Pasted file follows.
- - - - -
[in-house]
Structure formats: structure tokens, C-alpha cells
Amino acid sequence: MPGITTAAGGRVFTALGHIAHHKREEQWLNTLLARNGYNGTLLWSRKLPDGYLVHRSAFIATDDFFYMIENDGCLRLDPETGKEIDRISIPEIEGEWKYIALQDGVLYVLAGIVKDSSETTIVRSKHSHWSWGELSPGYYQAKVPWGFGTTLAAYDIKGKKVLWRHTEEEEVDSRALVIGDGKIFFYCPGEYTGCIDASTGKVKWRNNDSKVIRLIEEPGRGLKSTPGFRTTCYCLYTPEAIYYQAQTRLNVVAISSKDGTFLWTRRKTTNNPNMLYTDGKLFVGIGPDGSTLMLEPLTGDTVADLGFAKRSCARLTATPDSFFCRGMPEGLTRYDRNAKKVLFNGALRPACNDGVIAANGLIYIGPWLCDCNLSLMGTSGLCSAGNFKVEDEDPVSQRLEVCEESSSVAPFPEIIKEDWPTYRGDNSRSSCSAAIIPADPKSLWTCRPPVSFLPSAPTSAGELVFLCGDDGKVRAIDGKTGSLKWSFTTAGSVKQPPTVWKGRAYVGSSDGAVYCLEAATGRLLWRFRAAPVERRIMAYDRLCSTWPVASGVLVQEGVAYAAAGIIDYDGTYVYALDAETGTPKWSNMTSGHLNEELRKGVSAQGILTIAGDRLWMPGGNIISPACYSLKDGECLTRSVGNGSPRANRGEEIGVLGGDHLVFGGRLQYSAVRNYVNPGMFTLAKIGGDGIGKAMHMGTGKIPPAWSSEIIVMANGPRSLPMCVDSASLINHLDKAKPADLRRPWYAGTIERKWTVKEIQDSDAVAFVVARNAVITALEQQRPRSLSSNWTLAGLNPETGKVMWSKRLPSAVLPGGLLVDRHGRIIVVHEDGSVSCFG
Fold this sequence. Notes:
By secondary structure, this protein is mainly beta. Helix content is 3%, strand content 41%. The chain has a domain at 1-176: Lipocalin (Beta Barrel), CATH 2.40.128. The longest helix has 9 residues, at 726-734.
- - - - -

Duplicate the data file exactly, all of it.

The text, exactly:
[in-house]
Structure formats: structure tokens, C-alpha cells
Amino acid sequence: MPGITTAAGGRVFTALGHIAHHKREEQWLNTLLARNGYNGTLLWSRKLPDGYLVHRSAFIATDDFFYMIENDGCLRLDPETGKEIDRISIPEIEGEWKYIALQDGVLYVLAGIVKDSSETTIVRSKHSHWSWGELSPGYYQAKVPWGFGTTLAAYDIKGKKVLWRHTEEEEVDSRALVIGDGKIFFYCPGEYTGCIDASTGKVKWRNNDSKVIRLIEEPGRGLKSTPGFRTTCYCLYTPEAIYYQAQTRLNVVAISSKDGTFLWTRRKTTNNPNMLYTDGKLFVGIGPDGSTLMLEPLTGDTVADLGFAKRSCARLTATPDSFFCRGMPEGLTRYDRNAKKVLFNGALRPACNDGVIAANGLIYIGPWLCDCNLSLMGTSGLCSAGNFKVEDEDPVSQRLEVCEESSSVAPFPEIIKEDWPTYRGDNSRSSCSAAIIPADPKSLWTCRPPVSFLPSAPTSAGELVFLCGDDGKVRAIDGKTGSLKWSFTTAGSVKQPPTVWKGRAYVGSSDGAVYCLEAATGRLLWRFRAAPVERRIMAYDRLCSTWPVASGVLVQEGVAYAAAGIIDYDGTYVYALDAETGTPKWSNMTSGHLNEELRKGVSAQGILTIAGDRLWMPGGNIISPACYSLKDGECLTRSVGNGSPRANRGEEIGVLGGDHLVFGGRLQYSAVRNYVNPGMFTLAKIGGDGIGKAMHMGTGKIPPAWSSEIIVMANGPRSLPMCVDSASLINHLDKAKPADLRRPWYAGTIERKWTVKEIQDSDAVAFVVARNAVITALEQQRPRSLSSNWTLAGLNPETGKVMWSKRLPSAVLPGGLLVDRHGRIIVVHEDGSVSCFG
Fold this sequence. Notes:
By secondary structure, this protein is mainly beta. Helix content is 3%, strand content 41%. The chain has a domain at 1-176: Lipocalin (Beta Barrel), CATH 2.40.128. The longest helix has 9 residues, at 726-734.